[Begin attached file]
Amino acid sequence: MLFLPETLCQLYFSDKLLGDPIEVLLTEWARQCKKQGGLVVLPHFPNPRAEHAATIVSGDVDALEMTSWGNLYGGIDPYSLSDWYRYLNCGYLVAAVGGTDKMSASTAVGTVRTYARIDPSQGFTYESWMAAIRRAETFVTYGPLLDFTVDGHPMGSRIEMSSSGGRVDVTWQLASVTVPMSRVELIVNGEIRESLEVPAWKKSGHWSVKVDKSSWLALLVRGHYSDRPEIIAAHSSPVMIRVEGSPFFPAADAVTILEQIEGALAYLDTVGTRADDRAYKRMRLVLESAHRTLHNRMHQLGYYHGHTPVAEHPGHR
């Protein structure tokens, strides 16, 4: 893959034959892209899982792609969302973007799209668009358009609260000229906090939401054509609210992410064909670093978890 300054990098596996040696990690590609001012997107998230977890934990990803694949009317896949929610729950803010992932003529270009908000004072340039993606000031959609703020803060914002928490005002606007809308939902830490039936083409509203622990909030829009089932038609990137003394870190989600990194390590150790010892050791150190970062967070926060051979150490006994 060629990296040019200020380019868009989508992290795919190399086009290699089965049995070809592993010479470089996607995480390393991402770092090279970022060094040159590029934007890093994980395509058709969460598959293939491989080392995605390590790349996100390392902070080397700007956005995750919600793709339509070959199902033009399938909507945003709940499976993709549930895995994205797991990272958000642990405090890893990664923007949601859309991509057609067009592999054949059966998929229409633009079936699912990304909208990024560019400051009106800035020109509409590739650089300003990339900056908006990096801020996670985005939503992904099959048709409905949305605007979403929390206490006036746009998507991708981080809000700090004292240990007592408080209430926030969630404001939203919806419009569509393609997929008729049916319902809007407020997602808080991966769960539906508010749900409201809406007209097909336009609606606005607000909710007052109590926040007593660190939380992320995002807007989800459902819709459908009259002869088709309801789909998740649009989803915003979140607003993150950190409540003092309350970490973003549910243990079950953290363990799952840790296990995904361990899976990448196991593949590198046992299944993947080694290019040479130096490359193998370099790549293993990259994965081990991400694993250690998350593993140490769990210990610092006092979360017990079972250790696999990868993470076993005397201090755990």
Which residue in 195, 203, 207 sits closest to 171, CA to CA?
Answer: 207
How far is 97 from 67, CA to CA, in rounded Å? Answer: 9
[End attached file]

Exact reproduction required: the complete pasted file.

Amino acid sequence: MLFLPETLCQLYFSDKLLGDPIEVLLTEWARQCKKQGGLVVLPHFPNPRAEHAATIVSGDVDALEMTSWGNLYGGIDPYSLSDWYRYLNCGYLVAAVGGTDKMSASTAVGTVRTYARIDPSQGFTYESWMAAIRRAETFVTYGPLLDFTVDGHPMGSRIEMSSSGGRVDVTWQLASVTVPMSRVELIVNGEIRESLEVPAWKKSGHWSVKVDKSSWLALLVRGHYSDRPEIIAAHSSPVMIRVEGSPFFPAADAVTILEQIEGALAYLDTVGTRADDRAYKRMRLVLESAHRTLHNRMHQLGYYHGHTPVAEHPGHR
């Protein structure tokens, strides 16, 4: 893959034959892209899982792609969302973007799209668009358009609260000229906090939401054509609210992410064909670093978890 300054990098596996040696990690590609001012997107998230977890934990990803694949009317896949929610729950803010992932003529270009908000004072340039993606000031959609703020803060914002928490005002606007809308939902830490039936083409509203622990909030829009089932038609990137003394870190989600990194390590150790010892050791150190970062967070926060051979150490006994 060629990296040019200020380019868009989508992290795919190399086009290699089965049995070809592993010479470089996607995480390393991402770092090279970022060094040159590029934007890093994980395509058709969460598959293939491989080392995605390590790349996100390392902070080397700007956005995750919600793709339509070959199902033009399938909507945003709940499976993709549930895995994205797991990272958000642990405090890893990664923007949601859309991509057609067009592999054949059966998929229409633009079936699912990304909208990024560019400051009106800035020109509409590739650089300003990339900056908006990096801020996670985005939503992904099959048709409905949305605007979403929390206490006036746009998507991708981080809000700090004292240990007592408080209430926030969630404001939203919806419009569509393609997929008729049916319902809007407020997602808080991966769960539906508010749900409201809406007209097909336009609606606005607000909710007052109590926040007593660190939380992320995002807007989800459902819709459908009259002869088709309801789909998740649009989803915003979140607003993150950190409540003092309350970490973003549910243990079950953290363990799952840790296990995904361990899976990448196991593949590198046992299944993947080694290019040479130096490359193998370099790549293993990259994965081990991400694993250690998350593993140490769990210990610092006092979360017990079972250790696999990868993470076993005397201090755990």
Which residue in 195, 203, 207 sits closest to 171, CA to CA?
Answer: 207
How far is 97 from 67, CA to CA, in rounded Å? Answer: 9